I’m currently working on an entry on how I got my Eclipse environment set up with Liferay. If you are using the Liferay IDE plugin with anything other than the Tomcat bundle, you are in for some headaches.

So after I stopped the FTP upload from my inappropriate account , I needed to delete the 726 megs of “illegal” uploads.
I remembered the ‘rmdir’ command, but that only works on empty directories. I remember this fact as soon as I was given the ‘rmdir: failed to remove `Pictures/’: Directory not empty” response on the command line.
I once again turned to my buddy Duckduckgo and found the answer.
I needed use the remove command with the recursive parameter ‘-r’.
About two seconds after I entered the ‘rm -r Pictures/’ command, the folder and all of its contents were gone. All four hours of uploading gone in the blink of an eye.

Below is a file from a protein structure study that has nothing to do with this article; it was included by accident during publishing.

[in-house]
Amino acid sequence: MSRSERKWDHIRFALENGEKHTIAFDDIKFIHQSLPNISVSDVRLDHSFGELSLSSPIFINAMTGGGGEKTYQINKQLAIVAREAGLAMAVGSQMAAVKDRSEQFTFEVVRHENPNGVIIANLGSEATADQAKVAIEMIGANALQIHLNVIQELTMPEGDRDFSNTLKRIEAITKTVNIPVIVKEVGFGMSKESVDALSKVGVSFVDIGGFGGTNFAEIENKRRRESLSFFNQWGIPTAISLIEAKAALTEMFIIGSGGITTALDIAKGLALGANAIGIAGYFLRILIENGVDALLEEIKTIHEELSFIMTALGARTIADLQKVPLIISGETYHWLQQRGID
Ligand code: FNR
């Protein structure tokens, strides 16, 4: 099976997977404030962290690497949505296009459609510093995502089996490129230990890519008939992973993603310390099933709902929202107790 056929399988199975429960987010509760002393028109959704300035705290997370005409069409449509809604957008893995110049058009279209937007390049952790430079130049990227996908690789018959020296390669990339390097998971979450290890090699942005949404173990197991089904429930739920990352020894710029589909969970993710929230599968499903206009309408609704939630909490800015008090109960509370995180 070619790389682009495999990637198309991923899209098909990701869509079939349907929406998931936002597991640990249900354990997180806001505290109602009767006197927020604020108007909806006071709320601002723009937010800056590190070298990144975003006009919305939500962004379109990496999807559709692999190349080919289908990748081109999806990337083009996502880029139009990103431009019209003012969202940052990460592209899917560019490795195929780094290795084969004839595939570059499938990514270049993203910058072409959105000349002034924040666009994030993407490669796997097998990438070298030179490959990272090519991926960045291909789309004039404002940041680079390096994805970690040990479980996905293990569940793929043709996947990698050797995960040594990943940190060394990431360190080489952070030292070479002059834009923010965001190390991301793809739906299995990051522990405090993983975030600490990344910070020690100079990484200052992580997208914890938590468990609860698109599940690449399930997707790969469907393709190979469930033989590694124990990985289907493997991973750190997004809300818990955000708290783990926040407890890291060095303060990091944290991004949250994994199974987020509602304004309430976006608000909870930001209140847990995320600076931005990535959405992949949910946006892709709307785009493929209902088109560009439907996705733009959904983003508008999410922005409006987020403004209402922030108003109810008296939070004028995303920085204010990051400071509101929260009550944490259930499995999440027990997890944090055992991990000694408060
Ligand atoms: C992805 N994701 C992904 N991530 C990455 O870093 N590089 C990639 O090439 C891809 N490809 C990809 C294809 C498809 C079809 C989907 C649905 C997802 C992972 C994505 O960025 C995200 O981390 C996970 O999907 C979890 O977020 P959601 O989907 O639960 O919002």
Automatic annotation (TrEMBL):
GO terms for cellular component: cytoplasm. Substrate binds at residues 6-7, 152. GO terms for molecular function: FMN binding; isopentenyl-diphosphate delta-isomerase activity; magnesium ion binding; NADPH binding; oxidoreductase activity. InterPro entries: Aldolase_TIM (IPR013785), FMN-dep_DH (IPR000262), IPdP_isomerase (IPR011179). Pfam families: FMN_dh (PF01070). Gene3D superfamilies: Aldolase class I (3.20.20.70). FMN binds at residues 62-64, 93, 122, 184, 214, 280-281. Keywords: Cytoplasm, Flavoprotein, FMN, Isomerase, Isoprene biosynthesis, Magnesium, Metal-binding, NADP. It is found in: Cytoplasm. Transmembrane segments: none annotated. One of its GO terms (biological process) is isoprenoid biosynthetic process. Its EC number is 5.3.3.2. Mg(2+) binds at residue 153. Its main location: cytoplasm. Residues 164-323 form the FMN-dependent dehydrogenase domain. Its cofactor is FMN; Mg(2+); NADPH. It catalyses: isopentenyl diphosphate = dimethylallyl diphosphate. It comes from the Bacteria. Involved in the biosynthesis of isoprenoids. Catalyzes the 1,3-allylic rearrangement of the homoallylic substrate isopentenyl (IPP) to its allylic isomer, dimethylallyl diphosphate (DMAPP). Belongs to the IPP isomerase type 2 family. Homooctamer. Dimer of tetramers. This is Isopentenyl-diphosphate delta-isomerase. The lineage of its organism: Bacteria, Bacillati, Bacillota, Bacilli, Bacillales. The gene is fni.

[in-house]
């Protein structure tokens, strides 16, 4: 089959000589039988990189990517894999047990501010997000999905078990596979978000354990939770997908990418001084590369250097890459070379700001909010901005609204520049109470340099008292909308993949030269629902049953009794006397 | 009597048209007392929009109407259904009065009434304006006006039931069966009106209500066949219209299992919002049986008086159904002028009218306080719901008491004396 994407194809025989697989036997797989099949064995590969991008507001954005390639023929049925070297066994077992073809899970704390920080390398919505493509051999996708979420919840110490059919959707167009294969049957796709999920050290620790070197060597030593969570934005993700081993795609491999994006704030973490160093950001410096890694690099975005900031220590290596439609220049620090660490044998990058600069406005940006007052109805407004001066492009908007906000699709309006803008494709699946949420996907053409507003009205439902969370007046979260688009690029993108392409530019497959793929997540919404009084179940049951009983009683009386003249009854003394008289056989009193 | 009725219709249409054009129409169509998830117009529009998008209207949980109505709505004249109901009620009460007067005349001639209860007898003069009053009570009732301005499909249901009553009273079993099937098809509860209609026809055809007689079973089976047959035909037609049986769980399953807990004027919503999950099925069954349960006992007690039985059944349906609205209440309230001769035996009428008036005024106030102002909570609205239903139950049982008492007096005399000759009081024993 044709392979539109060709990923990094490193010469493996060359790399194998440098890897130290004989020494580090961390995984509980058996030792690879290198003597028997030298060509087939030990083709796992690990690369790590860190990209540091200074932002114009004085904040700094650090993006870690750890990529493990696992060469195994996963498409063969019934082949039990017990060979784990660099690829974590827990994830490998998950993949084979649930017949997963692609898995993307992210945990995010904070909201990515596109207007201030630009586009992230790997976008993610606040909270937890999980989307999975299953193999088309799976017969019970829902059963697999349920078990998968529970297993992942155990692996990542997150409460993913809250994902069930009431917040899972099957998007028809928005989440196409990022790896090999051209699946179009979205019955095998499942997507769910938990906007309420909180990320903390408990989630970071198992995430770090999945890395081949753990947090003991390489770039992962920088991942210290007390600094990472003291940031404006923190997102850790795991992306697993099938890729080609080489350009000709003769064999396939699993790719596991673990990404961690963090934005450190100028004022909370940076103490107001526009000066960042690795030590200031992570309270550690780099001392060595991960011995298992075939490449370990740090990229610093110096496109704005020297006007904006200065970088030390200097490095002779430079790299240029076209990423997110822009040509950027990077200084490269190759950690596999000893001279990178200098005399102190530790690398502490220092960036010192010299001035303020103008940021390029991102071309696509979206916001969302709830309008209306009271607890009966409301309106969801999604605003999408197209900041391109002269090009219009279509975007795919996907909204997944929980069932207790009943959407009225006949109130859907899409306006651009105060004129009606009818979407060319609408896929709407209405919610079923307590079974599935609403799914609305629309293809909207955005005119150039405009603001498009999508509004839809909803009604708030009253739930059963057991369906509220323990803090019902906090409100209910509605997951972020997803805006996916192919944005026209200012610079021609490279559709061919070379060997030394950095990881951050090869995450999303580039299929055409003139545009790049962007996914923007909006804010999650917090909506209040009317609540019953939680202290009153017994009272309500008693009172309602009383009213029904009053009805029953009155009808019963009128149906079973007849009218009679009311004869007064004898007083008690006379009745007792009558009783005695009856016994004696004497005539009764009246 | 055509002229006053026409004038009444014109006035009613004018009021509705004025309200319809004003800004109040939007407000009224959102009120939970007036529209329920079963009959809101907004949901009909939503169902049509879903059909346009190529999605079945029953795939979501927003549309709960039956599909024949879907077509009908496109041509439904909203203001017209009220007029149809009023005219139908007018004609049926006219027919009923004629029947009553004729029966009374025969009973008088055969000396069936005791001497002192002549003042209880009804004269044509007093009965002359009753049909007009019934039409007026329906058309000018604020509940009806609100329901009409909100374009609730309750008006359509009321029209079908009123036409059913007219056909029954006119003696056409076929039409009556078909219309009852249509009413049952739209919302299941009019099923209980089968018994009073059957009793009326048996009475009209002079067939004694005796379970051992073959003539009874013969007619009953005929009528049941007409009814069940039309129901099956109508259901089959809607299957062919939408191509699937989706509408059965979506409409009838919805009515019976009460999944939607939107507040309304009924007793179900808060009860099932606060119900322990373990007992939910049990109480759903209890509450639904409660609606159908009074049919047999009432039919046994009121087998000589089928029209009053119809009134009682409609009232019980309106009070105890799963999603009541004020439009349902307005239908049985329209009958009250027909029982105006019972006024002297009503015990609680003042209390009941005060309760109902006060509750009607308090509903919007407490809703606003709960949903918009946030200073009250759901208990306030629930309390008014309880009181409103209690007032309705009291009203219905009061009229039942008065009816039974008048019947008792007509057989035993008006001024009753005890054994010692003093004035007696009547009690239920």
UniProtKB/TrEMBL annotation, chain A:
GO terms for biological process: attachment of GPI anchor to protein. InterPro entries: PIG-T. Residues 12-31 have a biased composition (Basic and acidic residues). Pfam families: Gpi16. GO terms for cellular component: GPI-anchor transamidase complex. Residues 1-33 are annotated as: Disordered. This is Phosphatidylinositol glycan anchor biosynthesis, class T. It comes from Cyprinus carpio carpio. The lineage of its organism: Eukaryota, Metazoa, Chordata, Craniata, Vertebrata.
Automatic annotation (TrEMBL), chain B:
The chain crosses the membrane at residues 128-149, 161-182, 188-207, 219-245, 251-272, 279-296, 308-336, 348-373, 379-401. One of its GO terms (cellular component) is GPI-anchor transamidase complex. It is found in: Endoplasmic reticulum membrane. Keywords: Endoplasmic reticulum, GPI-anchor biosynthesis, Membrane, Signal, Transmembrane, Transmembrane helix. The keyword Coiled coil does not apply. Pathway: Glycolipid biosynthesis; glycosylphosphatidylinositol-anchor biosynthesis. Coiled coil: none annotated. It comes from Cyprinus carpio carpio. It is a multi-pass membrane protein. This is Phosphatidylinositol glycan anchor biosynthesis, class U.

It is two weeks later and I am at about 10.7 GB uploated of my 25Gb total. The 512kbps upload of my AT&T DSL is really not doing it for me right now. Still not enough motivation to switch to Charter though. Maybe in 5 more months when they try to jack up my rates again.

So I decided to take advantage of the free 50Gb storage space that DreamHost offers all of its webhosting customers today.
Unfortunately, I didn’t understand that I needed to use a special user account that Dreamhost provides for me for this activity. So I am currently uploading approximately 25Gb of pictures to my account on just a normal user account. I may have my account revoked by the end of the day, who knows.
The situation isn’t too dire just yet, as evidenced by the linux command I just learned.